Derek Stegelman

Wrapping Your API Calls for Fun and Profit

The last few months I’ve been working on fixing up our applications at K-State and how they interact with other custom built and off the shelf software. One of our common practices on the web team is to create applications that consume data from other organizations on campus, manipulate it, display it, etc. One of the things I noticed early on was that we would use the same boilerplate code to generate and get responses from various systems. None of the calls were tied together, and we often used the same or similar data in multiple apps. Something had to be done.

We decided to create a standalone python library that brought all these systems together in a way where developers could easily use existing integrations and create brand new ones.


At K-State we use a lot of different systems and they all need to interact with one another at some level. One of the main tasks of my team is use APIs from these various systems to either push or pull data. Some of these systems use SOAP XML as a format while others use JSON based REST services.

Having a consistent and easy way to consume those services in our Django applications is of critical importance to our mission and goals at the university.


Some of the features we’ve built into our library include:

  • Supports both SOAP and REST based calls. We use a simple API base class and then extend that to form base SOAP and REST classes that each override or extend functionality.
  • Supports different authentication schemes.
  • Integrates endpoints from over 20 different departments or campus organizations.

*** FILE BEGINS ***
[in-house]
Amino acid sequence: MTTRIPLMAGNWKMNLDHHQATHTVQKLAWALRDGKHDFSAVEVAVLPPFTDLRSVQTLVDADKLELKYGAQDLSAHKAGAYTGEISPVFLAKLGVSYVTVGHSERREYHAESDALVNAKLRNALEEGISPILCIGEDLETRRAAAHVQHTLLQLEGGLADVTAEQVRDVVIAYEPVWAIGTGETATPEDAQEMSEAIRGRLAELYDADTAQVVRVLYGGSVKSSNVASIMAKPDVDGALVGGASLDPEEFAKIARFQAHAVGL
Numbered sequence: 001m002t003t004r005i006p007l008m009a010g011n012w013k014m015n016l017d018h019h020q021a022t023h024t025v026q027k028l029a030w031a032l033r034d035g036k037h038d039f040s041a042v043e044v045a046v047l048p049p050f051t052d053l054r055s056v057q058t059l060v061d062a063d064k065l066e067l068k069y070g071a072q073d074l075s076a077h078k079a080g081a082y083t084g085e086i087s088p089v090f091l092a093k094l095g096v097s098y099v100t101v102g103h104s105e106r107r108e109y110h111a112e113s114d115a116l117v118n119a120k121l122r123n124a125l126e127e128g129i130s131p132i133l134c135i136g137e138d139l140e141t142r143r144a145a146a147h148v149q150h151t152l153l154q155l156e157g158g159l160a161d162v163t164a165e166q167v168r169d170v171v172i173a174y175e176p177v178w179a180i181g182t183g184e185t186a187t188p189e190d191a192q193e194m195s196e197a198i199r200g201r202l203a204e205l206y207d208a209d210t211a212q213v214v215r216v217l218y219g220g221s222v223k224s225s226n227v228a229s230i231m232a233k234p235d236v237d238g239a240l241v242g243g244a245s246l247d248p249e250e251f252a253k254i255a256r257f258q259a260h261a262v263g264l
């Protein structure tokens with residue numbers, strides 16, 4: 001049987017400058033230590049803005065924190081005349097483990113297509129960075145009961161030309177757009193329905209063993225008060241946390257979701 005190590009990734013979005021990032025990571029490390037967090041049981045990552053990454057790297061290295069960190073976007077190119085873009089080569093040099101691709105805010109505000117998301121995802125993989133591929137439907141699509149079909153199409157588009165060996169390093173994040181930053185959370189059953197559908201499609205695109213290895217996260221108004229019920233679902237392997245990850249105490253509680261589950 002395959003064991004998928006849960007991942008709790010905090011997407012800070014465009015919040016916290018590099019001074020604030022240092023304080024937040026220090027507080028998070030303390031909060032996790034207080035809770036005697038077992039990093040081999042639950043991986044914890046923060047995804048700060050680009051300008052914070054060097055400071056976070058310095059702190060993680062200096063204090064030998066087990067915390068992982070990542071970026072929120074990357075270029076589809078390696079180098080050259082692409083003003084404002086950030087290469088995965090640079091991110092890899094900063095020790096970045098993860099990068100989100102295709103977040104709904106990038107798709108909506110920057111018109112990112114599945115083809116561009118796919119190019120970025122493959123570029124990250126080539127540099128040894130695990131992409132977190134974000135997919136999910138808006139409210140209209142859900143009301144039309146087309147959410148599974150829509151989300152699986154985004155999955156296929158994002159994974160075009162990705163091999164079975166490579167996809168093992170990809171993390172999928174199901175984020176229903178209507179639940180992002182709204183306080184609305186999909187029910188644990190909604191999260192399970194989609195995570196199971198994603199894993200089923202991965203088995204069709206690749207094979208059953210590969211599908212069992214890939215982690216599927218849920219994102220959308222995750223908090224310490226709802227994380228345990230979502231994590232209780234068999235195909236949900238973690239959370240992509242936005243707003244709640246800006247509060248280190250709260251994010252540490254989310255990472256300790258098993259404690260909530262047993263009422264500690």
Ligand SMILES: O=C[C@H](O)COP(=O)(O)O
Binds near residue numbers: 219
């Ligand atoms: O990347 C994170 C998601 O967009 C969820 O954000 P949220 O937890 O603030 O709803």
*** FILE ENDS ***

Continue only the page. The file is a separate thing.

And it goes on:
• Full test suite with CI from Jenkins.

Base API

We created a base API class structure that does a few different things for us that we need all over the place. The base class:

  • Sets up auth for the underlying call.
  • Sets up and bootstraps settings, allowing overrides.
  • Patches a few customizations that we require.

Defining External Calls

When a developer wants to make an API call they want something that feels natural and flows well. Instead of the usual boilerplate involved with setting up requests or SUDS they can simply import the API and make a call.

{% highlight python %}

from kstate.api import KstateAPI

api = KstateAPI()

result = api.get_affiliations(eid=‘someone’)

{% endhighlight %}

Under the covers we have this initial call.

{% highlight python %}

def get_affiliations(self, eid, **kwargs): “”” Get Affiliations Service

:param e_id: eID of user to get affiliations for
:return list: List of Affiliation Strings


api = KstateAPI()

affiliations = api.get_affiliations(eid='someuser')



return GetAffiliations(settings=self.settings, **kwargs).call(eID=eid, **kwargs)

{% endhighlight %}

Further down each API call has its own class that inherits from some common functionality that each method somewhat shares. At this level things like Authentication and methods for REST and SOAP are used. This level of abstraction allows us to present developers with the same interface regardless of the underlying API structure. SOAP requests and REST API endpoints look the same to a developer consuming this library.

Under the covers our base is simply a collection of mixins and base classes that build up to a very small amount of code that needs to be written in order to add new API endpoints to the library.

Unfortunately, most of this code is somewhat proprietary so this isn’t an open source project. However, if you have specific comments or are interested in this design for your project, drop me a line.